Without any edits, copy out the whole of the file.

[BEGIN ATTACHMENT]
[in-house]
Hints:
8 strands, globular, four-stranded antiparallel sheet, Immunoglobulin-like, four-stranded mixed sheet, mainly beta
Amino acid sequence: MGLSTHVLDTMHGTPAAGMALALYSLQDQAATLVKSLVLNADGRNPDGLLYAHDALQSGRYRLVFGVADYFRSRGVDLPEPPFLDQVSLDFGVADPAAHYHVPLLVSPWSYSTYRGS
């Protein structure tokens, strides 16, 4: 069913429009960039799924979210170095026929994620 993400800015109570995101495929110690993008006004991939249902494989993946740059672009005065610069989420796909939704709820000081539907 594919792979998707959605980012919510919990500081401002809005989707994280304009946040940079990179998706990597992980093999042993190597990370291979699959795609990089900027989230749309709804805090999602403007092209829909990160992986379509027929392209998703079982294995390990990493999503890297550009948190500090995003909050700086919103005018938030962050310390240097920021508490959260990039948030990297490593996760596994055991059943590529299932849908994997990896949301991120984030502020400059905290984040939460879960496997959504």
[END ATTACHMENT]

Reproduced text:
[in-house]
Hints:
8 strands, globular, four-stranded antiparallel sheet, Immunoglobulin-like, four-stranded mixed sheet, mainly beta
Amino acid sequence: MGLSTHVLDTMHGTPAAGMALALYSLQDQAATLVKSLVLNADGRNPDGLLYAHDALQSGRYRLVFGVADYFRSRGVDLPEPPFLDQVSLDFGVADPAAHYHVPLLVSPWSYSTYRGS
């Protein structure tokens, strides 16, 4: 069913429009960039799924979210170095026929994620 993400800015109570995101495929110690993008006004991939249902494989993946740059672009005065610069989420796909939704709820000081539907 594919792979998707959605980012919510919990500081401002809005989707994280304009946040940079990179998706990597992980093999042993190597990370291979699959795609990089900027989230749309709804805090999602403007092209829909990160992986379509027929392209998703079982294995390990990493999503890297550009948190500090995003909050700086919103005018938030962050310390240097920021508490959260990039948030990297490593996760596994055991059943590529299932849908994997990896949301991120984030502020400059905290984040939460879960496997959504």